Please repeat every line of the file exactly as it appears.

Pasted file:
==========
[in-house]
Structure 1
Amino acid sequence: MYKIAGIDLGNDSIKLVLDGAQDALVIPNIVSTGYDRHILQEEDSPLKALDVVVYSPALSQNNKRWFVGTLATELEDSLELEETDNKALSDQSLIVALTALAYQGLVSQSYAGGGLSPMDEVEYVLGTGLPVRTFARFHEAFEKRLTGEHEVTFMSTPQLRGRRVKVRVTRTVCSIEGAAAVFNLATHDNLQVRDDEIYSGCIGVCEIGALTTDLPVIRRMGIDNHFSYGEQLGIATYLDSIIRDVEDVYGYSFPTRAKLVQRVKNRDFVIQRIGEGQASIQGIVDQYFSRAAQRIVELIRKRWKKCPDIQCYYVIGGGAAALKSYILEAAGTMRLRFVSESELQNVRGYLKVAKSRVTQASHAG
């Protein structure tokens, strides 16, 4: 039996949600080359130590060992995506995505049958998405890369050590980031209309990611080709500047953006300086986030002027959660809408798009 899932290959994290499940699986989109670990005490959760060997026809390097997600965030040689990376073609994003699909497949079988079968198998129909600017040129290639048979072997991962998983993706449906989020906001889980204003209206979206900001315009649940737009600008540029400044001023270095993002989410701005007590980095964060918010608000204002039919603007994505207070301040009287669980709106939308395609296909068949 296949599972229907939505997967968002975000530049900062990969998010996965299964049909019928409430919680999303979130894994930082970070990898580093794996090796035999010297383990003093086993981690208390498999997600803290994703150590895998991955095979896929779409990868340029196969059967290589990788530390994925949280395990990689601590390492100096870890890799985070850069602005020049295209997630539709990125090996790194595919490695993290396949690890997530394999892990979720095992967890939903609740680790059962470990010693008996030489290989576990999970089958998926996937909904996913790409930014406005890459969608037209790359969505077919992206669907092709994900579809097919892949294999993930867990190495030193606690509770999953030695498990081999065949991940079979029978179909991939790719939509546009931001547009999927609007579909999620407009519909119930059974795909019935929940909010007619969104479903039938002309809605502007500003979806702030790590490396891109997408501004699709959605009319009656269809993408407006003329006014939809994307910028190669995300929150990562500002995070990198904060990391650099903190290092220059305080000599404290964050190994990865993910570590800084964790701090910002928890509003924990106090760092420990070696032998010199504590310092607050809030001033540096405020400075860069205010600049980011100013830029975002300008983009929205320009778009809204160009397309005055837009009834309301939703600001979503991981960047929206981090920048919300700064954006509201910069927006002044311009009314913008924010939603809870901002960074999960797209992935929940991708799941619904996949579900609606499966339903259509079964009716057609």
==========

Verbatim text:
[in-house]
Structure 1
Amino acid sequence: MYKIAGIDLGNDSIKLVLDGAQDALVIPNIVSTGYDRHILQEEDSPLKALDVVVYSPALSQNNKRWFVGTLATELEDSLELEETDNKALSDQSLIVALTALAYQGLVSQSYAGGGLSPMDEVEYVLGTGLPVRTFARFHEAFEKRLTGEHEVTFMSTPQLRGRRVKVRVTRTVCSIEGAAAVFNLATHDNLQVRDDEIYSGCIGVCEIGALTTDLPVIRRMGIDNHFSYGEQLGIATYLDSIIRDVEDVYGYSFPTRAKLVQRVKNRDFVIQRIGEGQASIQGIVDQYFSRAAQRIVELIRKRWKKCPDIQCYYVIGGGAAALKSYILEAAGTMRLRFVSESELQNVRGYLKVAKSRVTQASHAG
């Protein structure tokens, strides 16, 4: 039996949600080359130590060992995506995505049958998405890369050590980031209309990611080709500047953006300086986030002027959660809408798009 899932290959994290499940699986989109670990005490959760060997026809390097997600965030040689990376073609994003699909497949079988079968198998129909600017040129290639048979072997991962998983993706449906989020906001889980204003209206979206900001315009649940737009600008540029400044001023270095993002989410701005007590980095964060918010608000204002039919603007994505207070301040009287669980709106939308395609296909068949 296949599972229907939505997967968002975000530049900062990969998010996965299964049909019928409430919680999303979130894994930082970070990898580093794996090796035999010297383990003093086993981690208390498999997600803290994703150590895998991955095979896929779409990868340029196969059967290589990788530390994925949280395990990689601590390492100096870890890799985070850069602005020049295209997630539709990125090996790194595919490695993290396949690890997530394999892990979720095992967890939903609740680790059962470990010693008996030489290989576990999970089958998926996937909904996913790409930014406005890459969608037209790359969505077919992206669907092709994900579809097919892949294999993930867990190495030193606690509770999953030695498990081999065949991940079979029978179909991939790719939509546009931001547009999927609007579909999620407009519909119930059974795909019935929940909010007619969104479903039938002309809605502007500003979806702030790590490396891109997408501004699709959605009319009656269809993408407006003329006014939809994307910028190669995300929150990562500002995070990198904060990391650099903190290092220059305080000599404290964050190994990865993910570590800084964790701090910002928890509003924990106090760092420990070696032998010199504590310092607050809030001033540096405020400075860069205010600049980011100013830029975002300008983009929205320009778009809204160009397309005055837009009834309301939703600001979503991981960047929206981090920048919300700064954006509201910069927006002044311009009314913008924010939603809870901002960074999960797209992935929940991708799941619904996949579900609606499966339903259509079964009716057609």